Quest for MCI 'over'
Notebaert says no to new bid, looks ahead to other goals

By Jeff Smith, Rocky Mountain News
Wednesday, May 25, 2005

Qwest Chief Executive Dick Notebaert squelched speculation about a renewed bid for MCI, telling shareholders Tuesday the Denver telco's pursuit of the long-distance carrier has ended.

"We're not looking at MCI; that's over," Notebaert said.  He instead indicated the 40,000-employee company with $13 billion of annual revenues is plowing ahead with a new Plan A that could include acquisitions of smaller companies or other assets.
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In a relatively low-key annual meeting, held in the Seawell Grand Ballroom at the Denver Center for the Performing Arts and attended by roughly 200 people, shareholders tread softly on Qwest's failed $9.75 billion bid for MCI.  But, as in previous years, several pounded away on corporate governance, excessive executive compensation and static retiree benefits.

Stockholders owning 35 percent of Qwest shares voted in favor of stricter guidelines for director independence.  That was up from 25 percent last year.

Nearly one-third voted for a policy to seize executive bonuses if Qwest has to restate its financial results again in the future.  Qwest erased more than $2.5 billion of revenues from its 2000 and 2001 books because of accounting misdeeds.

And holders of more than 20 percent of Qwest shares withheld their support to re-elect director Cannon Harvey, president of The Anschutz Co.

The vote was symbolic in Harvey's case, as he ran unopposed, and he declined to comment on the vote.  For the other shareholder proposals, the votes weren't high enough to change the status quo.

But the results nevertheless illustrated many shareholders still hold Qwest's board accountable for the financial scandal under former CEO Joe Nacchio.

Colorado billionaire Phil Anschutz founded Qwest, and, until recently, he and his associates had three spots on the telco's board.  Notebaert said Anschutz was on the West Coast and couldn't attend the meeting.

Separately, Craig Slater, president of The Anschutz Investment Co., recently decided to step down from Qwest's board.  Notebaert praised Slater for his contribution to Qwest as a confidante and adviser.

Notebaert, in a subdued tone, indicated Qwest has started life after MCI, looking at other opportunities including possible acquisitions of smaller companies or assets that will be divested as the result of the mammoth mergers of Verizon-MCI and SBC-AT&T.

He said he took "great pride" in what Qwest accomplished during its pursuit for MCI and of course is disappointed.

"Frankly, we felt from day one it was skewed against us," he said.

Notebaert said he felt pride because three years ago a lot of people expected Qwest to "raise the white flag."  But today, the company's reputation has soared because of the effort to buy MCI, he said.

"We have been deemed by virtually everyone, especially within our industry, to be a strong, viable player," Notebaert said, "and we received accolades even from our competitors on the way we handled the MCI acquisition process."

While many agree Qwest's reputation was bolstered within its region and among employees and retirees, others are more mixed about how much public relations mileage Qwest ultimately gained.  At times, some analysts portrayed Qwest as a hopeless romantic.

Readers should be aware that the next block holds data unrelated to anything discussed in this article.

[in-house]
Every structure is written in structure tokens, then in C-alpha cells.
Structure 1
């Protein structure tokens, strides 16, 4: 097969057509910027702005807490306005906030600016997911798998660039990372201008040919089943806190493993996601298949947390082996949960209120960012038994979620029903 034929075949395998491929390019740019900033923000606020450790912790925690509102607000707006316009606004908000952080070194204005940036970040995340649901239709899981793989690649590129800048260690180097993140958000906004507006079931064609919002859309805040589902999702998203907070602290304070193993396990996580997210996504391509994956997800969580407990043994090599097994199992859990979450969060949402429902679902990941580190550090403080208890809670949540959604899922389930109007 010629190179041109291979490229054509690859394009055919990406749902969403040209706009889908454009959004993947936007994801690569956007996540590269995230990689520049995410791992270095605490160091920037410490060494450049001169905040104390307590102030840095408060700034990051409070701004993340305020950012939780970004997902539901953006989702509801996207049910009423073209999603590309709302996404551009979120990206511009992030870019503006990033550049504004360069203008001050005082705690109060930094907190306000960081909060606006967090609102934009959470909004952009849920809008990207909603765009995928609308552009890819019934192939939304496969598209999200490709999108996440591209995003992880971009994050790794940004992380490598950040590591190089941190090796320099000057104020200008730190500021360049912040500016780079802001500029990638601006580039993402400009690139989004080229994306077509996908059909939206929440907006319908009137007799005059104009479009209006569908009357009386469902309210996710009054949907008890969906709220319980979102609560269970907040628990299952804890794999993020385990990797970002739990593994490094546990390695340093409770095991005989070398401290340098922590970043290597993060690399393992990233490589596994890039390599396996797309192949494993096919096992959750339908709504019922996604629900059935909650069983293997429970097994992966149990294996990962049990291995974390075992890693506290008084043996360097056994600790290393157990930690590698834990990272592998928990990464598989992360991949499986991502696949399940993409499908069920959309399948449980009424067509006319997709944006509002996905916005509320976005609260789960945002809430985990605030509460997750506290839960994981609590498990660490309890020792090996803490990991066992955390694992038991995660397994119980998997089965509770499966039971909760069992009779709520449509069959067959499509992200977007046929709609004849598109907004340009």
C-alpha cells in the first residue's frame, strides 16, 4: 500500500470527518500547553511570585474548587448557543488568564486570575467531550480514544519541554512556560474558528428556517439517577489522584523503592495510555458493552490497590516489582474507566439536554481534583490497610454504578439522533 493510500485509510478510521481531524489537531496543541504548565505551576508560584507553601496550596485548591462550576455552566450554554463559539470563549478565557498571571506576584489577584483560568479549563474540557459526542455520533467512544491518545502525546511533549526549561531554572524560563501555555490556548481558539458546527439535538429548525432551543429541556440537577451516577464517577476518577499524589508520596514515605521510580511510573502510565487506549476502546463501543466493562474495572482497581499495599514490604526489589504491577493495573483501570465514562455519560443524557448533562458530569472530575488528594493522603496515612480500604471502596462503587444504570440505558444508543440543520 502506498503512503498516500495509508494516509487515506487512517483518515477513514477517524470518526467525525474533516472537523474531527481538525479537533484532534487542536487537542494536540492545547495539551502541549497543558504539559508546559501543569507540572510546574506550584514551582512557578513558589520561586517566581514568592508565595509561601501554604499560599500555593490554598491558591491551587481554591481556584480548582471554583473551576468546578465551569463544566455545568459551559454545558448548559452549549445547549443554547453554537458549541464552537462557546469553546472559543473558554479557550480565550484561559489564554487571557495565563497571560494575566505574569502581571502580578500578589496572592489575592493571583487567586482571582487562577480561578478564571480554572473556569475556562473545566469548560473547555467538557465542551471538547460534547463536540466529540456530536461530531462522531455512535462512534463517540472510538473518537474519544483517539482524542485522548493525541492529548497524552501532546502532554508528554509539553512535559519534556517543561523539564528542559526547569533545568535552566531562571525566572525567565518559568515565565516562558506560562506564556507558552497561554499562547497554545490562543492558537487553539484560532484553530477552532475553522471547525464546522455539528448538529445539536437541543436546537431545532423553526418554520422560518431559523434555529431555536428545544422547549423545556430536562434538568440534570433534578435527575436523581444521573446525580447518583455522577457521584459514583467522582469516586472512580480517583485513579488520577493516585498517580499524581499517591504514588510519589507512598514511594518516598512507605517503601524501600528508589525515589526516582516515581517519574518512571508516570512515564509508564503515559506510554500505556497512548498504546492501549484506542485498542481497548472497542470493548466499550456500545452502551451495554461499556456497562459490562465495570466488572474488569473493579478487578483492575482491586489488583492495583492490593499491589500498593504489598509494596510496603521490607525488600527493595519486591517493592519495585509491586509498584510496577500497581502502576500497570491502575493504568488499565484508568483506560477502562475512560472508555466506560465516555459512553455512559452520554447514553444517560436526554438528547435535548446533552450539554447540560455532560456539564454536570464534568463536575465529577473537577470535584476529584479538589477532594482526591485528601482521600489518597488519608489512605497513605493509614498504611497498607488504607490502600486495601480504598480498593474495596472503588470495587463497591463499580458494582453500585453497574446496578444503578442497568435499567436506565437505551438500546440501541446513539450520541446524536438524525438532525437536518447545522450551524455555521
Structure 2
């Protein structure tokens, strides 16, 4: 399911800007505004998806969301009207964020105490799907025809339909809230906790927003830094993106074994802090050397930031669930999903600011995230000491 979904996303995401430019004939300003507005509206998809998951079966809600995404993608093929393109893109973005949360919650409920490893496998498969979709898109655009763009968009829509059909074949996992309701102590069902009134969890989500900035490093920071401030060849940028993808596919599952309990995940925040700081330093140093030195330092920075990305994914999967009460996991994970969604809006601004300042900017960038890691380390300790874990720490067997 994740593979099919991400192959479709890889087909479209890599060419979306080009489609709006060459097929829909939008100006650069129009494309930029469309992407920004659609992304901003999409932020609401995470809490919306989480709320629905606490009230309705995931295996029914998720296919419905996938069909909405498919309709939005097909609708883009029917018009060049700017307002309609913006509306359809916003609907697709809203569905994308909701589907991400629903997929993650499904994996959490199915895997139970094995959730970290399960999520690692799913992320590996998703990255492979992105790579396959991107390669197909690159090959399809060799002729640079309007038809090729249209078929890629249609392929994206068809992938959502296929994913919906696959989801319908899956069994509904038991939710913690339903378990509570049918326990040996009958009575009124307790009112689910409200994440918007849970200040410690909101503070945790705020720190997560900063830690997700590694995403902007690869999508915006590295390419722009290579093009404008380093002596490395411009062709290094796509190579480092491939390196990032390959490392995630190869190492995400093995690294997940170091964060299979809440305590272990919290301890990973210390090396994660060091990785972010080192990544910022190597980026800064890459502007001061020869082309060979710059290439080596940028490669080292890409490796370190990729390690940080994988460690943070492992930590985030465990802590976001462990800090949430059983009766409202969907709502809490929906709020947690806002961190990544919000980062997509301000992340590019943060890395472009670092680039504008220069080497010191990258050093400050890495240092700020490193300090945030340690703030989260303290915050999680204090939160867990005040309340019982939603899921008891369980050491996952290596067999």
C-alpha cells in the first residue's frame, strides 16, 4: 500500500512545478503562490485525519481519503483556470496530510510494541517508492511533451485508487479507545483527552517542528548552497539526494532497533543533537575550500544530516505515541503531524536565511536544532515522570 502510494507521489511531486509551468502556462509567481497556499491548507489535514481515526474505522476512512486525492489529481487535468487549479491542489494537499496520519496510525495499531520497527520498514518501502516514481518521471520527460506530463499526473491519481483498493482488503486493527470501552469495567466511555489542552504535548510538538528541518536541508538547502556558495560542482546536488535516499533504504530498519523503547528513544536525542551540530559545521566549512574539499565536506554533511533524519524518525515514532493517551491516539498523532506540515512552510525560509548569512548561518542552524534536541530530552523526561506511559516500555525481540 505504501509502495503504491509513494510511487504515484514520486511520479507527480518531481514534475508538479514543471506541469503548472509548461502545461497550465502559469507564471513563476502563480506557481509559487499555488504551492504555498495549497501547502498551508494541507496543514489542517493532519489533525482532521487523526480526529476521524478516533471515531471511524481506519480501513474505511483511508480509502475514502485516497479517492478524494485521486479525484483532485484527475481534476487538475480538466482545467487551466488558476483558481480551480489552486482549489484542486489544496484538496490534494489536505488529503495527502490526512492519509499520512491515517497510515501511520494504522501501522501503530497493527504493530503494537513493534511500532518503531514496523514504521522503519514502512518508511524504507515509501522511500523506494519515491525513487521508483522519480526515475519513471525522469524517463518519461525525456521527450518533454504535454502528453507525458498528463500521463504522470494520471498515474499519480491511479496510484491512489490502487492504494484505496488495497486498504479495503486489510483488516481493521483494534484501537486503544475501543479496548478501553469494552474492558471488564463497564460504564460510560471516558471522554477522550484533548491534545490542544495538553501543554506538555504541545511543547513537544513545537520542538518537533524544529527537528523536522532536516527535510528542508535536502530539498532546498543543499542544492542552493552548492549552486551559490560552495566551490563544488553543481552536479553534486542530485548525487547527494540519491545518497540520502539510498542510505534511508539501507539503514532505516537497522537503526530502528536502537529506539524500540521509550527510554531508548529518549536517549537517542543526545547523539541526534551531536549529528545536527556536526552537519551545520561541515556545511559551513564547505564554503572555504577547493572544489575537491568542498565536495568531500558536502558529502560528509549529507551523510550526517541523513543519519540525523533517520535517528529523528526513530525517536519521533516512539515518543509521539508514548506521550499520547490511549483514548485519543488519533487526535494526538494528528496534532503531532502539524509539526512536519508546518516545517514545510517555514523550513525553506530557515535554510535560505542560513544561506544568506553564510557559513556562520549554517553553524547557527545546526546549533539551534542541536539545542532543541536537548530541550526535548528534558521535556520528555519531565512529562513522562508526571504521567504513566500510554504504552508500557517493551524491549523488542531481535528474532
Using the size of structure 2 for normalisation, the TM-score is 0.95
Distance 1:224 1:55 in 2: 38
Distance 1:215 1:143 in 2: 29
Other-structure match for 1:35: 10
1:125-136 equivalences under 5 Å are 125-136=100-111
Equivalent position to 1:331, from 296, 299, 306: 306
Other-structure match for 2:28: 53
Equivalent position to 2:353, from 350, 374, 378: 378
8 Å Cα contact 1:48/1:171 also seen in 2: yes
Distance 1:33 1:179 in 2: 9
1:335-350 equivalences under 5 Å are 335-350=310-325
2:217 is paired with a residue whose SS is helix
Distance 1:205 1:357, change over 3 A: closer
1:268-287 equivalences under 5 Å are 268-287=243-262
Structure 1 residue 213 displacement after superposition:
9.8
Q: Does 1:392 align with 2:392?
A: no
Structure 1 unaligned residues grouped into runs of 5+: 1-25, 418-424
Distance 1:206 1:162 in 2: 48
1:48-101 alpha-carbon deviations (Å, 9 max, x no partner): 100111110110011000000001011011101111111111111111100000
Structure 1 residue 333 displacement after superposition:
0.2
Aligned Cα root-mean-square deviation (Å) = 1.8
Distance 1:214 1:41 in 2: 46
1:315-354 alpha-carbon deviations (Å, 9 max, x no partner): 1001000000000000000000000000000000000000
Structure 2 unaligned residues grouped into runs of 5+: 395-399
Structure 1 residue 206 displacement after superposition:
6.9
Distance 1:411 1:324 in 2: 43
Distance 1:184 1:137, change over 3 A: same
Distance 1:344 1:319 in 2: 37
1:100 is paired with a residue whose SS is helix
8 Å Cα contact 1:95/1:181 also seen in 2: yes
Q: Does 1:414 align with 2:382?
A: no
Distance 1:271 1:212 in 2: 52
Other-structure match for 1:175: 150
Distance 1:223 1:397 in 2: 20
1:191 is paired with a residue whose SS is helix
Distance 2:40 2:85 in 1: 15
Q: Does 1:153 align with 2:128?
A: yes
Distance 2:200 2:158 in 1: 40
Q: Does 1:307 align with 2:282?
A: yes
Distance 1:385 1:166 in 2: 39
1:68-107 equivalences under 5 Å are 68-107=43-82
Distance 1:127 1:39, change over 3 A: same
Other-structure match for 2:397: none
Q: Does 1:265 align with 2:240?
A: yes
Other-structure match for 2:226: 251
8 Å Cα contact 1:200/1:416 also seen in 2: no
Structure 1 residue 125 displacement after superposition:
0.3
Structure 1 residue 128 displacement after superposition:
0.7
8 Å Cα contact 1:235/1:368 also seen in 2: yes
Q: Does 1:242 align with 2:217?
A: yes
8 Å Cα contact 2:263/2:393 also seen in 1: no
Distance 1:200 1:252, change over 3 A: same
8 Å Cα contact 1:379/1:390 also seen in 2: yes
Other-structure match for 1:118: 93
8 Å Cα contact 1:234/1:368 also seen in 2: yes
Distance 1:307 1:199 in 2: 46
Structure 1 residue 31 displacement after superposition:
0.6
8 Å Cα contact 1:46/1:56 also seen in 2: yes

Mimi Hull, president of the Association of U S West Retirees, said after the meeting that she has confidence Qwest does have a plan.  She said she understood why Notebaert couldn't be more specific.

But she also saw someone still hurting from losing MCI.

"I think there's wounding there," Hull said.

Notebaert has left the door open on the outside chance MCI stockholders reject Verizon's $8.45 billion offer later this summer.

One 82-year-old stockholder told Notebaert she was discouraged Qwest's stock remained stuck at the $3-a-share level, noting that "at my age I can't do too much to earn a living."

Notebaert empathized with her, saying his 84-year-old mother, who also bought Qwest stock, "is not as kind when she calls me.  Would I like the stock to be much higher?  You betcha."

But he told stockholders how close Qwest was to the "precipice" in 2002 and how much it has accomplished since then, such as cutting costs and debt, improving profit margins and selling high-speed Internet services.

Hull expressed concern that Qwest is paying the legal bills of former executives such as Nacchio, who has been sued by the Securities and Exchange Commission for alleged fraud.  Nacchio has denied the allegations.

Qwest chief legal officer Richard Baer said Qwest by law is required to advance such legal fees but also can seek to recover those fees should the SEC prove its case against the executives.  He wouldn't disclose how much Qwest has spent.

Insurance money also is paying for part of the former executives' legal fees, Notebaert said.

Hull and stockholder activist Gerald Armstrong said after the meeting that the lingering effects of the telco's accounting scandal point to the need to finish cleaning house of the directors who were on the board then.

"Anyone part of Nacchio's team doesn't deserve" to remain on the board, Hull said.

Shareholder decisions at Qwest's annual meeting


  Dick Notebaert, chairman/CEO, 97.6 percent

  Linda Alvarado, president of Alvarado Construction Co., 97 percent

  Cannon Harvey, president of The Anschutz Co., 76.4 percent.


  Tougher guidelines for director independence (63.7 percent against, 35 percent for)

  Shareholder approval of extraordinary retirement benefits for senior executives (81.2 percent against, 17.8 percent for)

  Pursue executive bonuses if company restates financial results (67.2 percent against, 31.7 percent for)

Source: Qwest, Preliminary Results

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